Marbling is the art of creating colorful patterns by sprinkling and brushing color pigments on a pan of oily water and then transforming this pattern to paper. The special tools of the trade are brushes of horsehair bound to straight rose twigs, a deep tray made of unknotted pinewood, natural earth pigments, cattle gall and tragacanth. It is believed to be invented in the thirteenth century Turkistan. This decorative art then spread to China, India and Persia and Anatolia. Seljuk and Ottoman calligraphers and artists used marbling to decorate books, imperial decrees, official correspondence and documents. New forms and techniques were perfected in the process and Turkey remained the center of marbling for many centuries. Up until the 1920′s, marblers had workshops in the Beyazit district of
Istanbul, creating for both the local and European market, where it is known as Turkish marble paper.
The Turkish art of Ebru which is known to be practiced in Istanbul for more than five hundred years and known as “Turkish paper” for centuries in the western world certainly has a tradition which is passed from generation to generation by a master and apprentice relationship.
Ebru is an art which cannot be learnt by reading or listening as all other Ottoman Arts. It is extremely difficult as regards to its performance and effected by various parameters which are outside the control of a beginner. In order to overcome all these difficulties and guide the novice marbler to understand what he/she is doing so that technically perfect results are achieved, the guidance of a master is needed. It is seen that there is no marbler without a master and the tradition is passed from generation to generation by a master and apprentice relationship if our history of Ebru is examined. Ebru learnt without a master has no relation with our tradition.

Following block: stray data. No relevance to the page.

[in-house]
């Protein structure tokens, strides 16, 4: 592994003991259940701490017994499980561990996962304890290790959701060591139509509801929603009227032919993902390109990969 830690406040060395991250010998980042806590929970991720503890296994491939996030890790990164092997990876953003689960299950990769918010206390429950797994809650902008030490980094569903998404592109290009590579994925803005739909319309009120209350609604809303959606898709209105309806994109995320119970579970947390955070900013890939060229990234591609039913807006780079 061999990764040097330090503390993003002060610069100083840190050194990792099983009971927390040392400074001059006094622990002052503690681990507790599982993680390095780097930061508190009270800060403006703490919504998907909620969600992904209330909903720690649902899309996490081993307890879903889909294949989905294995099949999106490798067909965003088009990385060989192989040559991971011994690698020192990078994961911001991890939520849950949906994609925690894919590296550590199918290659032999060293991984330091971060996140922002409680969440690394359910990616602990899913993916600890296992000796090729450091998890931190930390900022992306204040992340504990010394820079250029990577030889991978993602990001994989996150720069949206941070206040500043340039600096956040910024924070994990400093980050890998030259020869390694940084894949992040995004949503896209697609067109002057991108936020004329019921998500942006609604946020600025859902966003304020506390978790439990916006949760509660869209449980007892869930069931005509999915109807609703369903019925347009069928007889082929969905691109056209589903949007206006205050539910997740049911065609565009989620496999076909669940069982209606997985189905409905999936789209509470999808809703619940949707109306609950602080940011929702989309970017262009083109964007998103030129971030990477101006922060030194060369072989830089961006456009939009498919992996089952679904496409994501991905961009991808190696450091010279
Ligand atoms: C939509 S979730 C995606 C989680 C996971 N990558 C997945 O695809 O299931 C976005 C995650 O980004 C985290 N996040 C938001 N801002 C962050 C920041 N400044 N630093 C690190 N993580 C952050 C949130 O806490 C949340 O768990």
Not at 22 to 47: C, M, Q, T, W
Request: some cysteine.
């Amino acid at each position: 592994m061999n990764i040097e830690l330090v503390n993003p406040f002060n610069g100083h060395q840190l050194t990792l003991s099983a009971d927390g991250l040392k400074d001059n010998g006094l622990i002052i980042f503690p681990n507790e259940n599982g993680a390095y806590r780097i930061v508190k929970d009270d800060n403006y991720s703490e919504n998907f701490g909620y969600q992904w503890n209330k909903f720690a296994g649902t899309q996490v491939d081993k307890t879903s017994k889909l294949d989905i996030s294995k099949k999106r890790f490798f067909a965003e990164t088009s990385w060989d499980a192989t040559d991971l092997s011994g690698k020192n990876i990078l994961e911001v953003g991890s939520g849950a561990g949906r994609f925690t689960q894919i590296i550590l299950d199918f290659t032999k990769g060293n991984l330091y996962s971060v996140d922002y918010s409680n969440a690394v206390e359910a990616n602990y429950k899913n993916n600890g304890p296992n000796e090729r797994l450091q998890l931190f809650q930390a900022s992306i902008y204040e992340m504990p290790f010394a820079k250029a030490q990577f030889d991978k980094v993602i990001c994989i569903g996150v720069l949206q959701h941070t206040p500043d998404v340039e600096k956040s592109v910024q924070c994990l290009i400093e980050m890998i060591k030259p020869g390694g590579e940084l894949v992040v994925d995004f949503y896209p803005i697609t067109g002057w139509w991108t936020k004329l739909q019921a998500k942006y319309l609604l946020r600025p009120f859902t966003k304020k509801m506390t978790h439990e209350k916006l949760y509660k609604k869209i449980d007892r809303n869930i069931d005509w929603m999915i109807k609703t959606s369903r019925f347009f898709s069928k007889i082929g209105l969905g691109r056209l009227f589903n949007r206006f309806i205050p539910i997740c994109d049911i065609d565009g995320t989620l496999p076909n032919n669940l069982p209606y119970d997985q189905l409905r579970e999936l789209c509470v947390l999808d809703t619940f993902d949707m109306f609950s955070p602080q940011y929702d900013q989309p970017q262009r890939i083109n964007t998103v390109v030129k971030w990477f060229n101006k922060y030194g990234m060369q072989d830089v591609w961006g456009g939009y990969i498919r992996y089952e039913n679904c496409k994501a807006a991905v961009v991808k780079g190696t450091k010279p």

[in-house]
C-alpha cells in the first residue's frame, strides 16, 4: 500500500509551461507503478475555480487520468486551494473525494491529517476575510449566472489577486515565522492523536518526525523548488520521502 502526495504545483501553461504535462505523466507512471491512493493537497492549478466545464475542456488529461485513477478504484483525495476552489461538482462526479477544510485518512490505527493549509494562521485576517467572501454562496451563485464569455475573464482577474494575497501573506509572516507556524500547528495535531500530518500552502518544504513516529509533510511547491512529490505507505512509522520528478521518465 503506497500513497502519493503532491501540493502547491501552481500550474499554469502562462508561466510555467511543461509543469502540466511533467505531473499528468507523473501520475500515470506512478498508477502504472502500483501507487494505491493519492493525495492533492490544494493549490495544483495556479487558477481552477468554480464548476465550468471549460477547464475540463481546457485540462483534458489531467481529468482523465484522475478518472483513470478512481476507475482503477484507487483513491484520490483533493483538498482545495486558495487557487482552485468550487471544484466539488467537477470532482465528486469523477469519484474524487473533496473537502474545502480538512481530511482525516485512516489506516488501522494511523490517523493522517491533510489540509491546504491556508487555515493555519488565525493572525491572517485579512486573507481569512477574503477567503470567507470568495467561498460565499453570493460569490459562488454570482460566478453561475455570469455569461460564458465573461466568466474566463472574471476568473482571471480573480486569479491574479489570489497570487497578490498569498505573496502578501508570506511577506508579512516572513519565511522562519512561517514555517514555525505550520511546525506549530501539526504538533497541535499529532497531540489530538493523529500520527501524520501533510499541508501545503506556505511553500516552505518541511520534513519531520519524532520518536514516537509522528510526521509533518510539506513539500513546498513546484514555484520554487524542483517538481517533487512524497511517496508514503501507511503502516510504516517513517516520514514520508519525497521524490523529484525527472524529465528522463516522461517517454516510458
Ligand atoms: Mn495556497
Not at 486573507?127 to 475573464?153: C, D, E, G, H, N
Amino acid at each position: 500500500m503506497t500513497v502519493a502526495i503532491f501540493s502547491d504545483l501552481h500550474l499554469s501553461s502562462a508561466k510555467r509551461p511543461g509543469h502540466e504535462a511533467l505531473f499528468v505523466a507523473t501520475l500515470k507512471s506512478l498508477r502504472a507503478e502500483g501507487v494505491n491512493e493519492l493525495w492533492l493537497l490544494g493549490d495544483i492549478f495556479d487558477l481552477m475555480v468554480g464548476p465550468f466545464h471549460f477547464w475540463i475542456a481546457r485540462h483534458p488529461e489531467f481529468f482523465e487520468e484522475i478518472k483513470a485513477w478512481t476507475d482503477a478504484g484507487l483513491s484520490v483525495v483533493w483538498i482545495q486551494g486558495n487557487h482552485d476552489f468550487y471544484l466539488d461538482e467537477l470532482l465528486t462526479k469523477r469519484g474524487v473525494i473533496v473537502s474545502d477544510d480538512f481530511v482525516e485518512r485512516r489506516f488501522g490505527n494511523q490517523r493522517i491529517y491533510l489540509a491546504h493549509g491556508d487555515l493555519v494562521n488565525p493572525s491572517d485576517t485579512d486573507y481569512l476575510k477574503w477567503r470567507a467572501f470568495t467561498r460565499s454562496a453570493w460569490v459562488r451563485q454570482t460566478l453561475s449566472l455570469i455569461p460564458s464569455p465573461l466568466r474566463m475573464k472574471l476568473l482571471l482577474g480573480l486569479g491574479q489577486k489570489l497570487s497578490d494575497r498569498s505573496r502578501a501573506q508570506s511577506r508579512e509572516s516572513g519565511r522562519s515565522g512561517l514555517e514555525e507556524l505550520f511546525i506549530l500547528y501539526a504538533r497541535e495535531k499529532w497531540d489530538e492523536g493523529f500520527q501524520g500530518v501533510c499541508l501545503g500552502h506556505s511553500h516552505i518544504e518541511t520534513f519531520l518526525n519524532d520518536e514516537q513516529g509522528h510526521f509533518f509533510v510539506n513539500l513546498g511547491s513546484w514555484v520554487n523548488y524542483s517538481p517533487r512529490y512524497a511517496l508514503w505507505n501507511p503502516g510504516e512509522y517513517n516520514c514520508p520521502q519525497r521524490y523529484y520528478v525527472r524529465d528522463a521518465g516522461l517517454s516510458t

One of the most important characteristics of our tradition is the use of natural earth pigments which belong to the chemical family of metal-oxides and other natural dyeing material all of which are not chemically soluble in water. The primary reason for using earth pigments is that the marblers lived centuries ago had no choice of making dyes other than the nature itself. Later marblers used dyes of the same origin to imitate their predecessors, to continue the tradition in terms of colour and appearance and to make the marbled papers permanent. It will be useful to clarify what is meant by “permanent”. During production of ready to use, off the shelf fabricated dyes, various acids and casein are added and by experience, it has been found that these acids burn the paper hence the binding or the calligraphy where Ebru is used.